MENU

Valve Nixes Steam Machines Section From Its Marketplace: Is Valve’s Hardware Business In Trouble?

Close

Seemingly out of the blue, Valve apparently has dropped the "Steam Machines" section from its online marketplace, meaning they're now buried off the front page. The drop down menu revealed when hovering over the "Hardware" tab no longer shows the option.

To note, Valve has not wiped off Steam Machines from its service. They can still be accessed via search or by clicking the generic hardware tab. But it seems the company has thrown the towel in trying to promote those products, and such a move seems only rational given that they never really became as popular as Valve had hoped for them to be.

What Are Steam Machines?

Steam Machines, for the uninitiated, were unveiled in 2013 as Valve's way of bridging the gap between PC and console gaming. These machines are designed to look like gaming consoles and they run SteamOS and support the Steam Controller. Unlike home consoles which have fixed hardware, users can pick custom specifications for their own Steam Machine, which resulted in vastly different price points. A standard Steam Machine from Alienware costs $450. Some can go up to $1,000.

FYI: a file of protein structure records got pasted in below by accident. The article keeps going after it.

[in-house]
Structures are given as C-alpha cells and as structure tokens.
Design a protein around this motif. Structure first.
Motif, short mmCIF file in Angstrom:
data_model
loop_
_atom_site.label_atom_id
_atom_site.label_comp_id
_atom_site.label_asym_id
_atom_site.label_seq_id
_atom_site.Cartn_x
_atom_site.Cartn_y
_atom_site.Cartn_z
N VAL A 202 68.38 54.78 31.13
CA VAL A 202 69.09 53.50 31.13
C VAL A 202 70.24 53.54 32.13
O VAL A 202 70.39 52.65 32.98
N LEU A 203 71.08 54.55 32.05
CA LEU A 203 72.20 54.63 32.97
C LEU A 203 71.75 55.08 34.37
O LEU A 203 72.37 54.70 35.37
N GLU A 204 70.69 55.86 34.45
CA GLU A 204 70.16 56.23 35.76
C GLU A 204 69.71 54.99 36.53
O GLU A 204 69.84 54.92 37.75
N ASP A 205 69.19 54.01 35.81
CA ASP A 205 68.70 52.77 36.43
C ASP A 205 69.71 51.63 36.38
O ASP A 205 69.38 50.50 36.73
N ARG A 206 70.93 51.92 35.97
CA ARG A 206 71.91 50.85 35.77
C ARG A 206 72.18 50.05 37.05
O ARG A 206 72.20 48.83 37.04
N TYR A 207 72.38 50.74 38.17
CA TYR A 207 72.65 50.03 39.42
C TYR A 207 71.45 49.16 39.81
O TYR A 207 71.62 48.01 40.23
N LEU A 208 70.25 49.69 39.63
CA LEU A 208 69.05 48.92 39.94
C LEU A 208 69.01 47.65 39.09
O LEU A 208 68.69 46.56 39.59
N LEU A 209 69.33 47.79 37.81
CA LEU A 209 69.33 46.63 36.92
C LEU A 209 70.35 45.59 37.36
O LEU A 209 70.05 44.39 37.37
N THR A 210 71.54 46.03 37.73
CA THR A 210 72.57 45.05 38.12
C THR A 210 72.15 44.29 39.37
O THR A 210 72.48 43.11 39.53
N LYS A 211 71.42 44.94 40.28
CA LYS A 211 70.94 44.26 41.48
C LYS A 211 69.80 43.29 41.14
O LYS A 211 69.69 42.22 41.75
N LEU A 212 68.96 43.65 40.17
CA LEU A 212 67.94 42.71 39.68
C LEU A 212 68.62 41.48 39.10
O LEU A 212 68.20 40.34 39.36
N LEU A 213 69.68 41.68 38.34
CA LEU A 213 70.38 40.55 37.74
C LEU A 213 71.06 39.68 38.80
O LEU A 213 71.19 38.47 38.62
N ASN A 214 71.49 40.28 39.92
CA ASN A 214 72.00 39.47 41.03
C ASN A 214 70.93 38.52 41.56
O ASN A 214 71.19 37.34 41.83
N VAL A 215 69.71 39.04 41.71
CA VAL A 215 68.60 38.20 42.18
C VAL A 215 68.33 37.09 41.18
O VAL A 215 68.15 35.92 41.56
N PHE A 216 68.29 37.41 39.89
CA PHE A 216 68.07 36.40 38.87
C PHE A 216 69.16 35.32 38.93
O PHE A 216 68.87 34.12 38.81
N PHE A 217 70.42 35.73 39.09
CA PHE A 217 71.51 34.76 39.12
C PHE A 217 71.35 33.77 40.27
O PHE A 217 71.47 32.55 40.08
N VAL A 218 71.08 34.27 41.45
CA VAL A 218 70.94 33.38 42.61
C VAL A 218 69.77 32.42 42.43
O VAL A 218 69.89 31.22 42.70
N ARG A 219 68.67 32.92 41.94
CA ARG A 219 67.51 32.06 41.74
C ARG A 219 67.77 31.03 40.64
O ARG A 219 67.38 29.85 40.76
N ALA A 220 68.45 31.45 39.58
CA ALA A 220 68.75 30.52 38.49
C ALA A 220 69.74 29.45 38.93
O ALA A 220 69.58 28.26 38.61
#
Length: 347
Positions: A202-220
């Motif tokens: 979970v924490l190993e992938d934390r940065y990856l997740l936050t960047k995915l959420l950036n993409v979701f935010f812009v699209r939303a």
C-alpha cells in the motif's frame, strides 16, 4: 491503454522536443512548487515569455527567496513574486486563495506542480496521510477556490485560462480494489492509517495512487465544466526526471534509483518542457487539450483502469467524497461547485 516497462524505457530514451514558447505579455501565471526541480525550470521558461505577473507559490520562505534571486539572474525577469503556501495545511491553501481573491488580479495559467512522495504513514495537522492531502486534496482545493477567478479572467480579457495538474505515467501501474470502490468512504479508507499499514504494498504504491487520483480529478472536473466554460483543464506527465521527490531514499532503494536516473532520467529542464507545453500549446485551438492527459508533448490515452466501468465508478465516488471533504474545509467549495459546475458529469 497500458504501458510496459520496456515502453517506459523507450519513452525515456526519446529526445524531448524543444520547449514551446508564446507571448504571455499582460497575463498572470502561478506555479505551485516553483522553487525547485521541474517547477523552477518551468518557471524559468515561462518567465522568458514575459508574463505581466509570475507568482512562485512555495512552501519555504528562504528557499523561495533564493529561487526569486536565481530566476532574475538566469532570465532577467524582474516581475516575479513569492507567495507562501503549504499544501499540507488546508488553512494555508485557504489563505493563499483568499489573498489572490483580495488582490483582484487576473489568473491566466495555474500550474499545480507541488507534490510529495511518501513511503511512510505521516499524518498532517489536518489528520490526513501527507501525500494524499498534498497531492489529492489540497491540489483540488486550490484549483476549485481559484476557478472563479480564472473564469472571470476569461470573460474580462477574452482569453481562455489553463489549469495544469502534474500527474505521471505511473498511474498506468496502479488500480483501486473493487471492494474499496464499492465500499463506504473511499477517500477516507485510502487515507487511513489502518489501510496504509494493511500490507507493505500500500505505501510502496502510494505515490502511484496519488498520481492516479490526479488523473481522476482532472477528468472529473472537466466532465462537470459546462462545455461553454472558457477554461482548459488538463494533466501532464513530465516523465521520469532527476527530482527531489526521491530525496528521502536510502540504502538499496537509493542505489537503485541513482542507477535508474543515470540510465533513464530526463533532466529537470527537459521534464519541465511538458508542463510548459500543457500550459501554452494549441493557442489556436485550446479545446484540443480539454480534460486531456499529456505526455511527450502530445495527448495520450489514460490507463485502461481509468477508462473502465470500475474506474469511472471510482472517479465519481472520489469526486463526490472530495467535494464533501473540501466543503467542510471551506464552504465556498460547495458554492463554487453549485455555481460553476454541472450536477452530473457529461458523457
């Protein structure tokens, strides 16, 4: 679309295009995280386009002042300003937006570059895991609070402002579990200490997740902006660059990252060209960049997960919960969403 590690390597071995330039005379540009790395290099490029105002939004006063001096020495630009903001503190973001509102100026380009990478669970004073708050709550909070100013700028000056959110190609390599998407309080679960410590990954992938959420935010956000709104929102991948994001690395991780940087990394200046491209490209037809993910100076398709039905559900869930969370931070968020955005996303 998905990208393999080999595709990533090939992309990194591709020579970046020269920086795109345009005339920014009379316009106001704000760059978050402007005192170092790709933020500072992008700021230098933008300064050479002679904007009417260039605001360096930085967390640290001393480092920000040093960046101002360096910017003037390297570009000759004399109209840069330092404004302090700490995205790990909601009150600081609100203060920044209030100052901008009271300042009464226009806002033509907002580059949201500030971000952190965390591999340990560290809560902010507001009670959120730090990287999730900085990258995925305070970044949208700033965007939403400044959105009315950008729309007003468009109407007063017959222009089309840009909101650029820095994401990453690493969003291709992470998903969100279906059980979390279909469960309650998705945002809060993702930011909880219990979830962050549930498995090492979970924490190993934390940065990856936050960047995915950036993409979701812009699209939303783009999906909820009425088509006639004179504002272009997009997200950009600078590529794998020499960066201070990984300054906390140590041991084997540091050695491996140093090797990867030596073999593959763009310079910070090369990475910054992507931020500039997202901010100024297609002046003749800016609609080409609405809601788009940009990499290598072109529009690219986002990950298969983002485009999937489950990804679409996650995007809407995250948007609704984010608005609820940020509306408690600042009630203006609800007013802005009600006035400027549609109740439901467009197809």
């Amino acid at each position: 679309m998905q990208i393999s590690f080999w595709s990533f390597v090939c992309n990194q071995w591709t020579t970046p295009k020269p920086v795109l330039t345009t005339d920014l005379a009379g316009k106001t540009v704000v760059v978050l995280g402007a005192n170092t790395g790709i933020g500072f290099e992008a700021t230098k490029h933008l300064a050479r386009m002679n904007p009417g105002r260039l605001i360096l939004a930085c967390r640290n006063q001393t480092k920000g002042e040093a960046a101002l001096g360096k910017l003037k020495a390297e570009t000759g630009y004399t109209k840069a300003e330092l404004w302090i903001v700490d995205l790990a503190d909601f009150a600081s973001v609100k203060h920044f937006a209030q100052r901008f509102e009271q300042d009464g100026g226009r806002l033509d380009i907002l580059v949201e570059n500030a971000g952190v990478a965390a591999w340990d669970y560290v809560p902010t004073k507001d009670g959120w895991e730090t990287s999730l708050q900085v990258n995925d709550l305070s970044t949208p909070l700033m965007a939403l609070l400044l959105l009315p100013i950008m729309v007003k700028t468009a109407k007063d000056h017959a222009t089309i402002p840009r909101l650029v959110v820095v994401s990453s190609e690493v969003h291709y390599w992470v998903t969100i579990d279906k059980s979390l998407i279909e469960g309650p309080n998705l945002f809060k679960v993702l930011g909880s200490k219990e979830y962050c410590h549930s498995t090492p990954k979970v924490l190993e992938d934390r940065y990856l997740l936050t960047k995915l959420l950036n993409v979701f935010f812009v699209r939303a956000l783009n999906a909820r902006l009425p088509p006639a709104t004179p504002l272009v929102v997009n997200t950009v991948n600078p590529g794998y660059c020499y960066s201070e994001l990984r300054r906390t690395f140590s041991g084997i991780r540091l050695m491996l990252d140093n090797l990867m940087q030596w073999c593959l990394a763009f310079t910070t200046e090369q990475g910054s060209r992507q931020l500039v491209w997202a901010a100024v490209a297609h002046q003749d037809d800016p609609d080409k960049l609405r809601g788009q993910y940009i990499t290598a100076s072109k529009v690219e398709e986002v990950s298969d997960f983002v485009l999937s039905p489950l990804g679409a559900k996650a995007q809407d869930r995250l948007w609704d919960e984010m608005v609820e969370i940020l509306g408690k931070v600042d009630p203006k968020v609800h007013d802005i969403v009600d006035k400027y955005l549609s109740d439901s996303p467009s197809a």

Why Steam Machines Don't Make Sense

Digital Trends lays down great points on why these devices never took off. Firstly, the least expensive model costs more than home consoles. Secondly, abandoning a full-fledged PC for a Steam Machine never did make much sense. There's also the fact that users can probably take their money elsewhere and build better PC setups instead of investing on a premium-tier Steam Machine.

Contributing to the lackluster appeal of Steam Machines is Valve's release of the Steam Link, a device that allows gamers to stream Steam games to a TV. This device pretty much renders Steam Machines practically useless for those with excellent PC gaming setups. It also features Stream Controller support, to boot.

So, is Valve's hardware business in trouble? It's hard to say. But it's probably a combination of yes and no — yes, because it's extremely difficult to break into the gaming hardware market; and no, because Valve hasn't exactly built up a hardware empire for a setback to seem like a really big deal.

Mad Men's Don Draper once said if you don't like what's being said, then change the conversation. The current conversation is this — gaming consoles against PCs. Valve failed to figure out how to insert Steam Machines into that conversation, and the fact that the section disappeared from its marketplace says it won't try doing that again.

ⓒ 2018 TECHTIMES.com All rights reserved. Do not reproduce without permission.
Real Time Analytics